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-   -   Cranberries (http://www.homebrewtalk.com/f12/cranberries-16981/)

MattD 11-27-2006 05:22 PM

I bought a pound of fresh cranberries while they were on sale for turkey day. They will go into beer. I have no earthly idea what to do with them. Cranberry lambic rocks my face off, but I have no way to fool with making a lambic currently. Discuss. Suggest. Then I will make the beer you all help develop and take all the credit with my friends. Cool?


Evan! 11-27-2006 07:30 PM

Cool. Here's my thought: If you're really intent on making a lambic, then get some lambicus bacillus yeast.

Personally, I wouldn't make a lambic...just make a belgian dubbel or a wit, then add cranberries to the secondary vessel. I made a cranberry dubbel awhile back, and it's excellent. The key, I think, is using Wyeast's Abbey Ale yeast, which is magnificent stuff! So freakin' spicy, you'd think that you had put cinnamon and cloves in that bitch! I love it. Anyway, I used lots of belgian aromatic and special b, along with some other cool stuff. I'll post the recipe if you want. Also, I'd suggest using two pounds instead of just one...get the ocean spray bag from the supermarket if you have to. Otherwise all you'll get is a weird sourness, but the actual cranberry flavor will be very muted.

How to deal with the cranberries: as you want to make sure they're sanitized, you'll want to heat treat them prior to adding them to the secondary. Wait until primary fermentation is done. Take the cranberries and steam them on a stovetop double-pot steamer. Make sure to put plenty of water in the bottom, as the steaming water will also be used to boil. So, steam them for 5 minutes to get them nice and plump. Then, pull apart the steamer and pour all the cranberries into the boiling water below. Using an immersion blender, partially puree the berries so that you end up with a watery/syrupy liquid with some cranberry solids retained. You do NOT want to completely puree them! Simmer this for 10-15 minutes, cool, add to your empty (sanitized) secondary vessel. Then rack from primary on top of the cranberries. Steep like this for a week, then rack off into a tertiary vessel; the skins have alot of tannins that you want to avoid. After a week or two(or three or four if you have the patience) in tertiary, all the cranberry solids that were transferred from secondary should have settled out. Time to bottle. Based on taste testing, you could also choose to add a bit of cranberry extract at bottling, which is available from most HBS's. Austin makes a good one.

Brewtopia 11-27-2006 07:34 PM

The only problem with boiling the fruit is you will set the pectins and your beer will come out hazey. I'd just pasteurize by bringing up to 160 or so and holding for 10 minutes. Seems like 1 pound in a 5 gallon batch is also pretty light.

Evan! 11-27-2006 07:41 PM

Well, haziness isn't a problem in dubbels or wits...I guess if you wanted a clear ale, you could do what you suggest.

MattD 11-28-2006 08:03 PM

Sure thing, if nothing else I can use your recipe as a starting point.

Regarding lambics, I love the style, but I'm not in the mood to wait that long with this one :) Also, I live in an apartment, and I'm planning on waiting on any lambic adventures till I have a house where I can stick some casks down in the basement for long term aging. Not to mention I've heard that those bacteria reek :)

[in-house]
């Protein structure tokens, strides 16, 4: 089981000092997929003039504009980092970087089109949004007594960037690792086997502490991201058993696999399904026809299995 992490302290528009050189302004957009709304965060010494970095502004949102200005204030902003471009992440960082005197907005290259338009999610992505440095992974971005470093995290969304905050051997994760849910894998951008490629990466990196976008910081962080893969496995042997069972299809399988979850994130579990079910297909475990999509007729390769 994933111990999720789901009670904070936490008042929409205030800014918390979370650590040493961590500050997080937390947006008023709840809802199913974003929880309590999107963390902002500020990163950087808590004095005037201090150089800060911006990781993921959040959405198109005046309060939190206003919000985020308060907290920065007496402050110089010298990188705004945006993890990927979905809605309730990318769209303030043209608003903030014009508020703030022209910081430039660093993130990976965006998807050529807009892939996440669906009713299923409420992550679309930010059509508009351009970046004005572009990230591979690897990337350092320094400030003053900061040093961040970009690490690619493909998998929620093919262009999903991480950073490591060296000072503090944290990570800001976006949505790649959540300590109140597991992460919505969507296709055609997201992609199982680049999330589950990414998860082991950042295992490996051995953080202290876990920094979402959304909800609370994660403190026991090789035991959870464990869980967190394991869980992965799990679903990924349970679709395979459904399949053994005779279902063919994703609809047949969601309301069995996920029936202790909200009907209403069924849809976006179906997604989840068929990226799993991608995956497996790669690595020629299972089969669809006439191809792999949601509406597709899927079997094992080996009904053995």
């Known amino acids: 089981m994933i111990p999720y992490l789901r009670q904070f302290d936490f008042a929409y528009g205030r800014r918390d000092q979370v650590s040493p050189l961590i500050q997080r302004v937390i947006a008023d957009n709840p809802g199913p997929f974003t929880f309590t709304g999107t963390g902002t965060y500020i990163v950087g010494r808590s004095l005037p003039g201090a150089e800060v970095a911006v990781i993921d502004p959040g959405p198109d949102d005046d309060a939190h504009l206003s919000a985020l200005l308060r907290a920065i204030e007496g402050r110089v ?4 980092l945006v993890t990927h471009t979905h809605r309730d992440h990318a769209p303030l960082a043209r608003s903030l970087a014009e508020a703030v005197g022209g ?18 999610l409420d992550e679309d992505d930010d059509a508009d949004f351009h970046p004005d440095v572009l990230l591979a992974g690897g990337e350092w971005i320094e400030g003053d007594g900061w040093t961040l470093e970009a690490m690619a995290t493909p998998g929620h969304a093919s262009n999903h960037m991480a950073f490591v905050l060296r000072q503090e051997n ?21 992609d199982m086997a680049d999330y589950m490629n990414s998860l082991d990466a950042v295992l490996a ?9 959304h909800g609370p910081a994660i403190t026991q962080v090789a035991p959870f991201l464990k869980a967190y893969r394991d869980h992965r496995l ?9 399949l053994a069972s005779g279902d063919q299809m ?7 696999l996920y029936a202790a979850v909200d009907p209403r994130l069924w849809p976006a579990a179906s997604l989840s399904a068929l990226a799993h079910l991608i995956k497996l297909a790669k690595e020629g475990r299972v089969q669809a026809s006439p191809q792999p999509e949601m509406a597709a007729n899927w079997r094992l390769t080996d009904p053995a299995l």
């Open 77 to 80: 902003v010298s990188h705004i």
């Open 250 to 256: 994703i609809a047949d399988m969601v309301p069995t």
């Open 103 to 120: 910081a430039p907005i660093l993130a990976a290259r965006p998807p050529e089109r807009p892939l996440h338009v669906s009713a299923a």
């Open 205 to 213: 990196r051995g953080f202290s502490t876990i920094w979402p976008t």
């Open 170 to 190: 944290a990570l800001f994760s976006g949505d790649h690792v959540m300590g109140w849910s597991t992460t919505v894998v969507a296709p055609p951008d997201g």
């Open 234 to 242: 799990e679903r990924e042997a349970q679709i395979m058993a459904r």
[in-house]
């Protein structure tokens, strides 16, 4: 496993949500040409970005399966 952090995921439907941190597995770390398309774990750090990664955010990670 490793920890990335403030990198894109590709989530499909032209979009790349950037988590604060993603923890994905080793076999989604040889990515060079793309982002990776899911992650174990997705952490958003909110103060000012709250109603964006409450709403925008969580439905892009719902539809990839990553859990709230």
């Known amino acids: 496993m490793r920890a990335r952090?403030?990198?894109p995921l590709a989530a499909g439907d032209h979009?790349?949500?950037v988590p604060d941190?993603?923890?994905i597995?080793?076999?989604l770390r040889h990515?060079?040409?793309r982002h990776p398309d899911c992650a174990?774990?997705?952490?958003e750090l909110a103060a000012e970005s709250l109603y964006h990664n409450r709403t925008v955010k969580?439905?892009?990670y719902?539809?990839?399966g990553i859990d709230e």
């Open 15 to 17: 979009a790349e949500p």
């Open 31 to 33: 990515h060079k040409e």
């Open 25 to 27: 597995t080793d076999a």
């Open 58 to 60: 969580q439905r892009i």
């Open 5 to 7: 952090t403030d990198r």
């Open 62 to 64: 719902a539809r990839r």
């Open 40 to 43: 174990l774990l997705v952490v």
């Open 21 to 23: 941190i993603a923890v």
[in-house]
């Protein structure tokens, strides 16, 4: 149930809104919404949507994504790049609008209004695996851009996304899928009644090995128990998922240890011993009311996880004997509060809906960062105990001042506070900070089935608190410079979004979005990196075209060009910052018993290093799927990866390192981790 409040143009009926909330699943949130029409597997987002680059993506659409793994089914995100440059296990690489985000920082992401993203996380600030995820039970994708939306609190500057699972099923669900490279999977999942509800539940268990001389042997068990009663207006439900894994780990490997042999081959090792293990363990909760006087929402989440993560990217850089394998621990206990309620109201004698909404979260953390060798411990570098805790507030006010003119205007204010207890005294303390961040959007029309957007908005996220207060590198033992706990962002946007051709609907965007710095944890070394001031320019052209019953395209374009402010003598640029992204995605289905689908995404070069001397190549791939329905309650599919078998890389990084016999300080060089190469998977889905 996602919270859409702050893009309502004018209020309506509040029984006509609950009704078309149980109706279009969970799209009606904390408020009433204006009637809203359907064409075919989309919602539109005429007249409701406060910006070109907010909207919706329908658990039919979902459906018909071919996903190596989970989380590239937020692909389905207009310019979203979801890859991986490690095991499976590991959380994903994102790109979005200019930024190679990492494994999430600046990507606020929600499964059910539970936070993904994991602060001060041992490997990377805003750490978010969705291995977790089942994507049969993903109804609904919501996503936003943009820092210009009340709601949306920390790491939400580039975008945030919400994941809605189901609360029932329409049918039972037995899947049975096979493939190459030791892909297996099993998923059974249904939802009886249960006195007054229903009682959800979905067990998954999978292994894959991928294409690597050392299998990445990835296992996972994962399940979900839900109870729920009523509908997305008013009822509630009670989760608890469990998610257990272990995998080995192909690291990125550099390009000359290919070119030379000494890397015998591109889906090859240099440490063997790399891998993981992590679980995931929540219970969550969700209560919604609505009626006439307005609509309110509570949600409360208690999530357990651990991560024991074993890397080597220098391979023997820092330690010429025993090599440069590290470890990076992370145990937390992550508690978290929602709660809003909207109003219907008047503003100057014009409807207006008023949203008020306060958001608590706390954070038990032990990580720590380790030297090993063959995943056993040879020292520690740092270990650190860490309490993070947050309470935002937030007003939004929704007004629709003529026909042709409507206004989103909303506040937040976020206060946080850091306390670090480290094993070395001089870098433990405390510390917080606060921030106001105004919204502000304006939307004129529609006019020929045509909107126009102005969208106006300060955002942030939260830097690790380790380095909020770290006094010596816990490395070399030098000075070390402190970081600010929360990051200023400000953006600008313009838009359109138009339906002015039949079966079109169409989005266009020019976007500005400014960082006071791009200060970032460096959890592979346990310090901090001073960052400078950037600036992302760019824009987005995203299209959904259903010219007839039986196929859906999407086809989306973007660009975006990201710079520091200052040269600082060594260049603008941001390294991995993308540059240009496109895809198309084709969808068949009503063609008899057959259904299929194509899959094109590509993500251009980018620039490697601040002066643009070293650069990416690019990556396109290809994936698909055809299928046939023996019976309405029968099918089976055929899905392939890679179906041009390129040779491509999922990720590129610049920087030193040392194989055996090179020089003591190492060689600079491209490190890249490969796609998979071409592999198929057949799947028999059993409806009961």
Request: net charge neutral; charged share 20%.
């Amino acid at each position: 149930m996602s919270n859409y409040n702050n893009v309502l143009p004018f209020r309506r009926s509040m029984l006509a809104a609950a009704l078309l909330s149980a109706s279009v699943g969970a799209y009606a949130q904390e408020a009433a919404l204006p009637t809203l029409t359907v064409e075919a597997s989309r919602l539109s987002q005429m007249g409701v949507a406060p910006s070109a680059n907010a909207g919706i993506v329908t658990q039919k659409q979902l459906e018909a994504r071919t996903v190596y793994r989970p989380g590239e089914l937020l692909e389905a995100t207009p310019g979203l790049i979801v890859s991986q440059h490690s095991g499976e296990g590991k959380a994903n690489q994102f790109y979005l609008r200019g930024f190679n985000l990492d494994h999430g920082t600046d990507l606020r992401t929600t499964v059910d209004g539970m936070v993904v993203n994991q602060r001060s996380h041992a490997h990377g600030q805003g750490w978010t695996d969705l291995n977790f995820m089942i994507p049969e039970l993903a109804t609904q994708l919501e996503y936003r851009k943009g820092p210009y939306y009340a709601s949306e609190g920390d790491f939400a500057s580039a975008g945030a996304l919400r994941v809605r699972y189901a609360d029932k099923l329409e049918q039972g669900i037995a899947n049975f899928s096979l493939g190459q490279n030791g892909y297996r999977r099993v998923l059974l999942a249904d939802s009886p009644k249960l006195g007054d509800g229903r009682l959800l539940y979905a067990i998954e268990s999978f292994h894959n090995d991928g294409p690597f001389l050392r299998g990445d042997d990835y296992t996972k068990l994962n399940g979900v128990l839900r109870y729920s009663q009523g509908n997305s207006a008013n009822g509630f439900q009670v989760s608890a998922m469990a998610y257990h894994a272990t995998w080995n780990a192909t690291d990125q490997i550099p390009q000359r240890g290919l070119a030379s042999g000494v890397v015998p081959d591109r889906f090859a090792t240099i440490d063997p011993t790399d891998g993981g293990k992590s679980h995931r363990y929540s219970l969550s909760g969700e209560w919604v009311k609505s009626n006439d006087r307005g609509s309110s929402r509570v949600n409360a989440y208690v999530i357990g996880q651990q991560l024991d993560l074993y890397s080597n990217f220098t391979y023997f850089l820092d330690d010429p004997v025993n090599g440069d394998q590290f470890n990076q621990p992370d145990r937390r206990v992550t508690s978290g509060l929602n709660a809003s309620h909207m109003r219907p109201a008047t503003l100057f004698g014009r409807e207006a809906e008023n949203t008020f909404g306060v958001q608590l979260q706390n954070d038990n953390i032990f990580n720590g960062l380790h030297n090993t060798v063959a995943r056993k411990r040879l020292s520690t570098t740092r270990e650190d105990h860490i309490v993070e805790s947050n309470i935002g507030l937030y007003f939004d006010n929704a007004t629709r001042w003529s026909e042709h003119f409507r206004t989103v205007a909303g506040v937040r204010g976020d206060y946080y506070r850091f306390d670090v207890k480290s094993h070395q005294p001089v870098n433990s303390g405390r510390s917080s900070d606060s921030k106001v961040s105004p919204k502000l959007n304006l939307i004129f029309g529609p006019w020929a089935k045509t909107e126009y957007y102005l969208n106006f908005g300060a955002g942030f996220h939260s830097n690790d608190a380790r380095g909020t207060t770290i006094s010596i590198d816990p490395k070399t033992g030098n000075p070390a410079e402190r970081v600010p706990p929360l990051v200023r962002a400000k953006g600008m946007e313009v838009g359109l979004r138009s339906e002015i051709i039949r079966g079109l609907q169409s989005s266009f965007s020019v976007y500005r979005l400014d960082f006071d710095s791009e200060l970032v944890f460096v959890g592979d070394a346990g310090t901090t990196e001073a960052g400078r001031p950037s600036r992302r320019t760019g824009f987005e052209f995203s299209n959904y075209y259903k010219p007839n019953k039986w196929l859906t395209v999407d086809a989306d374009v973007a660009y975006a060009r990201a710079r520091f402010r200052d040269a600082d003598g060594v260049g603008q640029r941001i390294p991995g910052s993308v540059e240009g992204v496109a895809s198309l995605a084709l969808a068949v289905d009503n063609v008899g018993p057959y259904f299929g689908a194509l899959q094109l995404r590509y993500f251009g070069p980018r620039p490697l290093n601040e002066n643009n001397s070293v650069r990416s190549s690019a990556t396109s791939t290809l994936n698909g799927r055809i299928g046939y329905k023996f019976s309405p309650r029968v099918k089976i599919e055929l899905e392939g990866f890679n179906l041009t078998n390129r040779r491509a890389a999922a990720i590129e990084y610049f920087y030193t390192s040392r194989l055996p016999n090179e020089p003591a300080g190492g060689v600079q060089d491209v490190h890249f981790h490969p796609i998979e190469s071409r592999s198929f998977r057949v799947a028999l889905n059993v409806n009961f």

Yuri_Rage 12-22-2006 03:39 AM

A new twist on this thread...
I'm feeling a bit under the weather and wanted to up my vitamin C intake. The only thing in the fridge that looked promising was a bottle of Mountain Sun 100% Pure Unsweetened Cranberry Juice (not from concentrate) - something SWMBO bought out of curiosity after a co-worker mentioned it. The only ingredients are cranberry juice and vitamin C. After taking a sip and doing my own version of a "bitter beer face" commercial, I thought - wow, I could brew with this stuff!

It's bitter enough to count for a hops addition, I think (probably equivalent to well over 100 IBUs in its pure form). Like MattD, I don't really want to venture into the realm of lambics (yet), and I also don't usually like fruit beers. This seems promising, though, since it would add a complex flavor without much fruity sweetness.

Anyone care to share their thoughts on brewing up a lightly hopped, lightly flavored beer and adding a few ounces of pure cranberry juice (probably at flameout)?

Incidentally, an ounce of raspberry syrup + an ounce of vanilla syrup (the kind you'd use to flavor those girly gourmet coffees) make an 8 oz glass of this potent juice quite tasty!

hagbardceline 08-12-2008 01:04 AM

Yuri did you ever do anything with this? Sounds like a very interesting idea!!

Bearcat Brewmeister 08-12-2008 01:33 AM

About 8 years ago, I made a cranberry wit that turned out nice (and I am not typically a fan of beers with wheat in them). I don't have the recipe any more, but I think I remember it being 6 pounds of DME wheat malt and WLP400 for the yeast. I don't recall the hops but back then I used a lot of EKG. Probably a small amount of bittering hops and either limited or no finishing hops. For the cranberries, I pureed some (can't remember quantity) and added to the boil after I had cooled it to about 180F. Let them sit a bit and then cooled the wort and fermented. I added some again when I racked to secondary. I pureed them again and did like Brewtopia said - held at 160F for about 10 to 20 minutes. It came out with a nice tartness and I overcarbonated a bit, but that seemed to produce a nice slightly coarse carbonation (kind of like soda) that added a bit extra bite that really accentuated the cranberries.

I made this when I still did extract beers, but to do an all grain version, I would use 2.5 pounds of wheat malt and 7.5 pounds of pale malt.

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